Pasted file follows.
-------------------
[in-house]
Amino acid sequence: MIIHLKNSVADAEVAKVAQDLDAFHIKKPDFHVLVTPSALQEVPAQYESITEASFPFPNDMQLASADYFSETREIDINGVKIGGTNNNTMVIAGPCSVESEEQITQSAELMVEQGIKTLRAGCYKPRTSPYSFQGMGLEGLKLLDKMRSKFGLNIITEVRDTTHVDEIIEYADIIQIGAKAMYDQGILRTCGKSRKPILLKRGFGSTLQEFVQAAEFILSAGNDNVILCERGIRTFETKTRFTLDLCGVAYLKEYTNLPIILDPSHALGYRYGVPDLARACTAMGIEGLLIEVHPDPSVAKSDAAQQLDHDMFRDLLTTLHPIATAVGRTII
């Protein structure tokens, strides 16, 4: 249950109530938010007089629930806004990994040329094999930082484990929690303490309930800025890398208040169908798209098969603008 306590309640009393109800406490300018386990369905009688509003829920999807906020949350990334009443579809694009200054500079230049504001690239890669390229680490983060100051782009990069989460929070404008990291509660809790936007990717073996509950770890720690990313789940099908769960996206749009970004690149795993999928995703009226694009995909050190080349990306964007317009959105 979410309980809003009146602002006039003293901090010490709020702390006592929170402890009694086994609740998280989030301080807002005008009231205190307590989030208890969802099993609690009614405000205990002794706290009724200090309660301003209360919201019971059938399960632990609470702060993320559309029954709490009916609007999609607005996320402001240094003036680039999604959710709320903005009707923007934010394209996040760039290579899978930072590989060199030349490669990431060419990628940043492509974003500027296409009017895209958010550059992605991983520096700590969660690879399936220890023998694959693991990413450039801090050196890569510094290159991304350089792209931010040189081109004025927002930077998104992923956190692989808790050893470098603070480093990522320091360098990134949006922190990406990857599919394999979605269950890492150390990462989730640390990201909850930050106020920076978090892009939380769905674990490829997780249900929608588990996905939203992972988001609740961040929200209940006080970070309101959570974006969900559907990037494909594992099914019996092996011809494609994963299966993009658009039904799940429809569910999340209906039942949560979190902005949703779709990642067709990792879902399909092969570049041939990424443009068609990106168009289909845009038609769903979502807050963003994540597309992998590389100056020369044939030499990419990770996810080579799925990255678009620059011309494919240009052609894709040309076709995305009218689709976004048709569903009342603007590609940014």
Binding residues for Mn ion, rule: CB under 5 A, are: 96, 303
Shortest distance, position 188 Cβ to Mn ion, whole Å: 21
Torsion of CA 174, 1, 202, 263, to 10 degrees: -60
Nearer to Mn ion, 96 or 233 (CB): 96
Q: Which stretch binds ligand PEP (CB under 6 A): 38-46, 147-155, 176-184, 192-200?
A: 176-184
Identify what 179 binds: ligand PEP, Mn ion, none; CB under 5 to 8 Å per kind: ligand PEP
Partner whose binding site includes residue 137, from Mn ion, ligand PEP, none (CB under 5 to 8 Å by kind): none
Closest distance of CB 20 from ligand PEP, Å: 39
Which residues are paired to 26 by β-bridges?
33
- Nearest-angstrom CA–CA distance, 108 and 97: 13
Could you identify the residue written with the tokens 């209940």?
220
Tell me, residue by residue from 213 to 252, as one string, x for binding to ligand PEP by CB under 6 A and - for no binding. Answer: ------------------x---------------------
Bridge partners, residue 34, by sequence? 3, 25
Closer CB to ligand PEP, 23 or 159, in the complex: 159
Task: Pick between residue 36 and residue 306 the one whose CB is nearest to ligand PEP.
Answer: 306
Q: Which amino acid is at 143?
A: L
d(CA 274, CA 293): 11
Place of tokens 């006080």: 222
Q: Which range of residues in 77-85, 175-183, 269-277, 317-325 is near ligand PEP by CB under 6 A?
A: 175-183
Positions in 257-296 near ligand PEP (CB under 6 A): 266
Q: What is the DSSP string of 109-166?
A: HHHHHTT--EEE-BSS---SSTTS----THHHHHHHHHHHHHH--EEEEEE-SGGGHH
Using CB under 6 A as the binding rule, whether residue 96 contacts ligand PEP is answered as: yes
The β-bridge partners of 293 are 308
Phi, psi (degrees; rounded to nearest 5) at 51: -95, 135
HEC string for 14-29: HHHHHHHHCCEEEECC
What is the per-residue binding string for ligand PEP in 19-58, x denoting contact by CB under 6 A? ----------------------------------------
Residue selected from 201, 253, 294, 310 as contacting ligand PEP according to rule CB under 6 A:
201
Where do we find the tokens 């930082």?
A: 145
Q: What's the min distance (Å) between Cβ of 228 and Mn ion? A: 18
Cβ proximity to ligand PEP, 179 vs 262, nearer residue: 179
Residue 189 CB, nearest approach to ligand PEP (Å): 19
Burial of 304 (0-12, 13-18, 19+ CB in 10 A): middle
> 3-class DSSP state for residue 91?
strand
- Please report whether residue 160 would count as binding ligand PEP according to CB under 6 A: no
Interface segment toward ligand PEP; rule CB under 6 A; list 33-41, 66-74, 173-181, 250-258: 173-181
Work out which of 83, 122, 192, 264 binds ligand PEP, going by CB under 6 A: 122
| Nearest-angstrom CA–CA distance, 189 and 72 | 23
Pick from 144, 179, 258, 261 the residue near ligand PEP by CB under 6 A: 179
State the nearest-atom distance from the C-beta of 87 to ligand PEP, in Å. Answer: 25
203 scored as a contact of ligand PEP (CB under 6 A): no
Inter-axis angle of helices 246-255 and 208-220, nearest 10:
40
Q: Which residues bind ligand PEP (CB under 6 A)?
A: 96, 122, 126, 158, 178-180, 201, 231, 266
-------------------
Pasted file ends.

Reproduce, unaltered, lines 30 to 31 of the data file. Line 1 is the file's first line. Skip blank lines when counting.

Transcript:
Q: What is the DSSP string of 109-166?
A: HHHHHTT--EEE-BSS---SSTTS----THHHHHHHHHHHHHH--EEEEEE-SGGGHH